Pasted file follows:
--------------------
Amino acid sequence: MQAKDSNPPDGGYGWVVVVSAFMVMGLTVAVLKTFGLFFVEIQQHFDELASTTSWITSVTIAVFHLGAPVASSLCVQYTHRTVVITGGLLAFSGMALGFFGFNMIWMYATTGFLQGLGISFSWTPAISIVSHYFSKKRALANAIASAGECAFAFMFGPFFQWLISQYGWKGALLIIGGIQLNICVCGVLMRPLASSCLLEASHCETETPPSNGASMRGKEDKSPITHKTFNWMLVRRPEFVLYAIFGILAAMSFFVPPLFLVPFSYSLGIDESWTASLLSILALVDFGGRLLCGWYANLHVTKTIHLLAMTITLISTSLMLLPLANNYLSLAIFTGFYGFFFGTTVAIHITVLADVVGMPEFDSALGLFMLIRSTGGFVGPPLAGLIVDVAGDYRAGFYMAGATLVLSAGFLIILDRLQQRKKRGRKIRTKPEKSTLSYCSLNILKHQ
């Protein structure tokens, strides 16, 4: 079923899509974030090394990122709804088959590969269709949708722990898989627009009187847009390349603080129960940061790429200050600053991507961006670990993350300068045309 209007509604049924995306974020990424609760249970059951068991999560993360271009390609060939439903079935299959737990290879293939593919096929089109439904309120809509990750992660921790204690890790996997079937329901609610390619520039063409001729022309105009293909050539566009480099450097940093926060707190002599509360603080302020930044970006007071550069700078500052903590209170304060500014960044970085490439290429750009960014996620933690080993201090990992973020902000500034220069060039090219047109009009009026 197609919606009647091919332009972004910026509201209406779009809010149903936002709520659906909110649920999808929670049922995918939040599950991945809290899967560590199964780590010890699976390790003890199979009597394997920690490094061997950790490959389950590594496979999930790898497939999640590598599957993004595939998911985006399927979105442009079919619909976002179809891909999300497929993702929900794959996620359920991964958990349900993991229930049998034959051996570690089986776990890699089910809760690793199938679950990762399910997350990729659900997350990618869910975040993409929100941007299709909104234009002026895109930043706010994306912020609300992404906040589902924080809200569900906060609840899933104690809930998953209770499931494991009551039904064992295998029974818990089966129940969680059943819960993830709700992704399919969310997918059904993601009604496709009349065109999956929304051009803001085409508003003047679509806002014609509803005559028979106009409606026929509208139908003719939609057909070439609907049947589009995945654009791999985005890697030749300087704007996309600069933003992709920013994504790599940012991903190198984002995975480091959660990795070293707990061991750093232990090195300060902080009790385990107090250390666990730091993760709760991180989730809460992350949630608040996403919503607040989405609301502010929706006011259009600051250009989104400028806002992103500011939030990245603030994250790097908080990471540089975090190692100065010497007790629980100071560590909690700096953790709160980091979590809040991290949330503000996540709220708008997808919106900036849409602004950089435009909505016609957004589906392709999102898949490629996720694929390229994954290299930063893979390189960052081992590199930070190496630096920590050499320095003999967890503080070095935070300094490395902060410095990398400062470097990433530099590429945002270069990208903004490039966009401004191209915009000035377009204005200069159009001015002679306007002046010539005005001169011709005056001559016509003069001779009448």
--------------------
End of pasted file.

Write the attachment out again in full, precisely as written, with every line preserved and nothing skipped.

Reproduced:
Amino acid sequence: MQAKDSNPPDGGYGWVVVVSAFMVMGLTVAVLKTFGLFFVEIQQHFDELASTTSWITSVTIAVFHLGAPVASSLCVQYTHRTVVITGGLLAFSGMALGFFGFNMIWMYATTGFLQGLGISFSWTPAISIVSHYFSKKRALANAIASAGECAFAFMFGPFFQWLISQYGWKGALLIIGGIQLNICVCGVLMRPLASSCLLEASHCETETPPSNGASMRGKEDKSPITHKTFNWMLVRRPEFVLYAIFGILAAMSFFVPPLFLVPFSYSLGIDESWTASLLSILALVDFGGRLLCGWYANLHVTKTIHLLAMTITLISTSLMLLPLANNYLSLAIFTGFYGFFFGTTVAIHITVLADVVGMPEFDSALGLFMLIRSTGGFVGPPLAGLIVDVAGDYRAGFYMAGATLVLSAGFLIILDRLQQRKKRGRKIRTKPEKSTLSYCSLNILKHQ
């Protein structure tokens, strides 16, 4: 079923899509974030090394990122709804088959590969269709949708722990898989627009009187847009390349603080129960940061790429200050600053991507961006670990993350300068045309 209007509604049924995306974020990424609760249970059951068991999560993360271009390609060939439903079935299959737990290879293939593919096929089109439904309120809509990750992660921790204690890790996997079937329901609610390619520039063409001729022309105009293909050539566009480099450097940093926060707190002599509360603080302020930044970006007071550069700078500052903590209170304060500014960044970085490439290429750009960014996620933690080993201090990992973020902000500034220069060039090219047109009009009026 197609919606009647091919332009972004910026509201209406779009809010149903936002709520659906909110649920999808929670049922995918939040599950991945809290899967560590199964780590010890699976390790003890199979009597394997920690490094061997950790490959389950590594496979999930790898497939999640590598599957993004595939998911985006399927979105442009079919619909976002179809891909999300497929993702929900794959996620359920991964958990349900993991229930049998034959051996570690089986776990890699089910809760690793199938679950990762399910997350990729659900997350990618869910975040993409929100941007299709909104234009002026895109930043706010994306912020609300992404906040589902924080809200569900906060609840899933104690809930998953209770499931494991009551039904064992295998029974818990089966129940969680059943819960993830709700992704399919969310997918059904993601009604496709009349065109999956929304051009803001085409508003003047679509806002014609509803005559028979106009409606026929509208139908003719939609057909070439609907049947589009995945654009791999985005890697030749300087704007996309600069933003992709920013994504790599940012991903190198984002995975480091959660990795070293707990061991750093232990090195300060902080009790385990107090250390666990730091993760709760991180989730809460992350949630608040996403919503607040989405609301502010929706006011259009600051250009989104400028806002992103500011939030990245603030994250790097908080990471540089975090190692100065010497007790629980100071560590909690700096953790709160980091979590809040991290949330503000996540709220708008997808919106900036849409602004950089435009909505016609957004589906392709999102898949490629996720694929390229994954290299930063893979390189960052081992590199930070190496630096920590050499320095003999967890503080070095935070300094490395902060410095990398400062470097990433530099590429945002270069990208903004490039966009401004191209915009000035377009204005200069159009001015002679306007002046010539005005001169011709005056001559016509003069001779009448």